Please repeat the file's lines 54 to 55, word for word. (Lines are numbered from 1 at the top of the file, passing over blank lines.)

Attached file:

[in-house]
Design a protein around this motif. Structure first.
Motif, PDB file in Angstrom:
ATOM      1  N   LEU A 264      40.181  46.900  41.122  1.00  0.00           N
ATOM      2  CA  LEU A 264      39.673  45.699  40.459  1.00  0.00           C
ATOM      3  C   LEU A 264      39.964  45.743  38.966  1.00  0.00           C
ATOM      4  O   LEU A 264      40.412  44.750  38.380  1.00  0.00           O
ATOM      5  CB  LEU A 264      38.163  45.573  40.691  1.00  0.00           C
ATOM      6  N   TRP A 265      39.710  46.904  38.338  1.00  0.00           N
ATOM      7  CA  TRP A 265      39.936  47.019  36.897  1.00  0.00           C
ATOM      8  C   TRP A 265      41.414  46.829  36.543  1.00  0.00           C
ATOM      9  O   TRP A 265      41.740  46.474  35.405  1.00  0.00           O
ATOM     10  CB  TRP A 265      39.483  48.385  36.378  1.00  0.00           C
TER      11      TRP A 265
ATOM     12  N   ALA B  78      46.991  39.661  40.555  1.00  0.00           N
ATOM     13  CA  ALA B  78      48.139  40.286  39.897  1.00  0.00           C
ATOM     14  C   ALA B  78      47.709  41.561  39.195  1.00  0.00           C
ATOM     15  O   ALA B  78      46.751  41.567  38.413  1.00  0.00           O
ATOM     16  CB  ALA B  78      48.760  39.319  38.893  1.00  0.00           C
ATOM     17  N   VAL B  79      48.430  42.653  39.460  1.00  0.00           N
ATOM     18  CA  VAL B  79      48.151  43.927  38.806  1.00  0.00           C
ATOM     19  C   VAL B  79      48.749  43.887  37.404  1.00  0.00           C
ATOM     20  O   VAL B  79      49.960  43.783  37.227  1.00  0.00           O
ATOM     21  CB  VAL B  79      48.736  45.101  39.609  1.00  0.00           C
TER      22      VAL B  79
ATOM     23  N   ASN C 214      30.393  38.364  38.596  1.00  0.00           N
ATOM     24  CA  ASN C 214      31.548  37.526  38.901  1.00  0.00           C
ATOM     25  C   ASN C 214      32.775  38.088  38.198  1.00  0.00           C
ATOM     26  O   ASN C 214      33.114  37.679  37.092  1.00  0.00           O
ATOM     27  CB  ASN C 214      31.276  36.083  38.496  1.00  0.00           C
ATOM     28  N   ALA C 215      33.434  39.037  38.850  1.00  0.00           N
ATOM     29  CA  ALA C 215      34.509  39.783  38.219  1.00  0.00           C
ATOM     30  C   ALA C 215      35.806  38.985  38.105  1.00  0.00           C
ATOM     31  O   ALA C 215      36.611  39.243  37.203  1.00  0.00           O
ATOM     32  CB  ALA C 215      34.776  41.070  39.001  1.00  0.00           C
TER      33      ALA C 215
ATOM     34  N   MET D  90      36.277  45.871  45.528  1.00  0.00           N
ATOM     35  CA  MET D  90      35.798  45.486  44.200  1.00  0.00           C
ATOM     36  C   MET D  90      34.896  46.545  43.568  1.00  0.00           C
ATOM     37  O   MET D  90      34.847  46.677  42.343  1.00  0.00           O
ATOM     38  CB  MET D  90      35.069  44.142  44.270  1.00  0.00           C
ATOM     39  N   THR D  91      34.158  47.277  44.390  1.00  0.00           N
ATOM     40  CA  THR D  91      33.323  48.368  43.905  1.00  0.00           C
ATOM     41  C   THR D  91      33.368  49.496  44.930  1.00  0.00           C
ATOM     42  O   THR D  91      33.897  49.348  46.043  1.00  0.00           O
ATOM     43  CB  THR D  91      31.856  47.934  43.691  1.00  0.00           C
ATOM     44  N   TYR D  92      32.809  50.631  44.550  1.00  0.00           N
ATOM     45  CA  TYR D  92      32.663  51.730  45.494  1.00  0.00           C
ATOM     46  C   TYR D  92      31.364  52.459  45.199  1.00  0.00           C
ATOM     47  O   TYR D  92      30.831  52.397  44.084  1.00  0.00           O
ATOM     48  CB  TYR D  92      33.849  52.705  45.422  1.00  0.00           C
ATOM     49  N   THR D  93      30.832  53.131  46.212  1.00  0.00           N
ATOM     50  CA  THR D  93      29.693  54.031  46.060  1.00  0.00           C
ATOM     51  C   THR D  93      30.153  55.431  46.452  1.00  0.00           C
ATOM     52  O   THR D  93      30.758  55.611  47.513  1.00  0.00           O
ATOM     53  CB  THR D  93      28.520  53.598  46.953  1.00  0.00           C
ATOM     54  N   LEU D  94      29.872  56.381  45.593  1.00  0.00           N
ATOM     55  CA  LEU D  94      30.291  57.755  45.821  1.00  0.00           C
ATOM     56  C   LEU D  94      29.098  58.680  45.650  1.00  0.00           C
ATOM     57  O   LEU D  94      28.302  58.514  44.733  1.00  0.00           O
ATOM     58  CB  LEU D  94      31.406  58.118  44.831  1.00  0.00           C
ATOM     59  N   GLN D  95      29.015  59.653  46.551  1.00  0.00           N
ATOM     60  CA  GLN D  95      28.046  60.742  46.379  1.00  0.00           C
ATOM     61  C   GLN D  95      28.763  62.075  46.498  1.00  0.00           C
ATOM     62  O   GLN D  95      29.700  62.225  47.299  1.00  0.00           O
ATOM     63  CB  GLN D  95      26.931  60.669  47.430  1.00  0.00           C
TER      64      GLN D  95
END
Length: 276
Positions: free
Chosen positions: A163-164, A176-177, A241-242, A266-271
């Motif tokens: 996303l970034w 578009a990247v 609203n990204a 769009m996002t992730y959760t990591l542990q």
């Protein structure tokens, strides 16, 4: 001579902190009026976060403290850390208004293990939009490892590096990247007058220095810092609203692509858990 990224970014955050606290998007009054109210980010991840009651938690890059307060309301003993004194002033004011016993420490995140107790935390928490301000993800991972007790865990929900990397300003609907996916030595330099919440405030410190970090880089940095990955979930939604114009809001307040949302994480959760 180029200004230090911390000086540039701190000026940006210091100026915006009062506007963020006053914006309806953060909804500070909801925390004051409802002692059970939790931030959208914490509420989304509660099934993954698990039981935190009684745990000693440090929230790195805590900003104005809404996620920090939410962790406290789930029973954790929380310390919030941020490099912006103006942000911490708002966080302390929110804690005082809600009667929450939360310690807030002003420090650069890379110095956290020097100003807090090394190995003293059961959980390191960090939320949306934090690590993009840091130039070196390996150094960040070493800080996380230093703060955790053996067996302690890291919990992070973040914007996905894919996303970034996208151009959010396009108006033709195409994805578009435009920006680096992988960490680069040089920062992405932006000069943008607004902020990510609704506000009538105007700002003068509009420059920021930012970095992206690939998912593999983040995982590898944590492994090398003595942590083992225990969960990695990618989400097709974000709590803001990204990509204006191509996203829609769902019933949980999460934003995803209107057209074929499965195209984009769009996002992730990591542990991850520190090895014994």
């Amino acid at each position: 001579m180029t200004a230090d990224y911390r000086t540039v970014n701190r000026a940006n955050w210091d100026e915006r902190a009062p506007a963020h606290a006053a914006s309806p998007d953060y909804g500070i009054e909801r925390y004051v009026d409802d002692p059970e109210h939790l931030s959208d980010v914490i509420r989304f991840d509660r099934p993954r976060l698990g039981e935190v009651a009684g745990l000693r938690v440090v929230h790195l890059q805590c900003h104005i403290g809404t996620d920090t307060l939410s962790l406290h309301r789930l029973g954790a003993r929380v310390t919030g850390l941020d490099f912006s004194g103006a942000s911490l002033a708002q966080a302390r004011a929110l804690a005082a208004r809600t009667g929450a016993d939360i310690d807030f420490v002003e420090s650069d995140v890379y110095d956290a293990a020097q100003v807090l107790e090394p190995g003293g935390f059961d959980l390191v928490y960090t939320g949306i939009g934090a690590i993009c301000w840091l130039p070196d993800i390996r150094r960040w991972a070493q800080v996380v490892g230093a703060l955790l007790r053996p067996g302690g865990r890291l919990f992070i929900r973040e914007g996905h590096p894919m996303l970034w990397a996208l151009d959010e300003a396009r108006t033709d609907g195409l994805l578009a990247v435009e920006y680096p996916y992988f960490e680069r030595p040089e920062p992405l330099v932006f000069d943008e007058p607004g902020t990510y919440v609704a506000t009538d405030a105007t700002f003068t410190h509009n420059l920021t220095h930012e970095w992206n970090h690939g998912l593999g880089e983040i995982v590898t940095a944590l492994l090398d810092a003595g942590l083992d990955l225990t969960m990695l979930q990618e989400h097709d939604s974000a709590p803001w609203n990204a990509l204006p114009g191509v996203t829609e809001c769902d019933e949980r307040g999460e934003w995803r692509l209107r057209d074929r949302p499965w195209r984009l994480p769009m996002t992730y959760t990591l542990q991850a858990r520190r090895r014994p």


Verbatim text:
ATOM     51  C   THR D  93      30.153  55.431  46.452  1.00  0.00           C
ATOM     52  O   THR D  93      30.758  55.611  47.513  1.00  0.00           O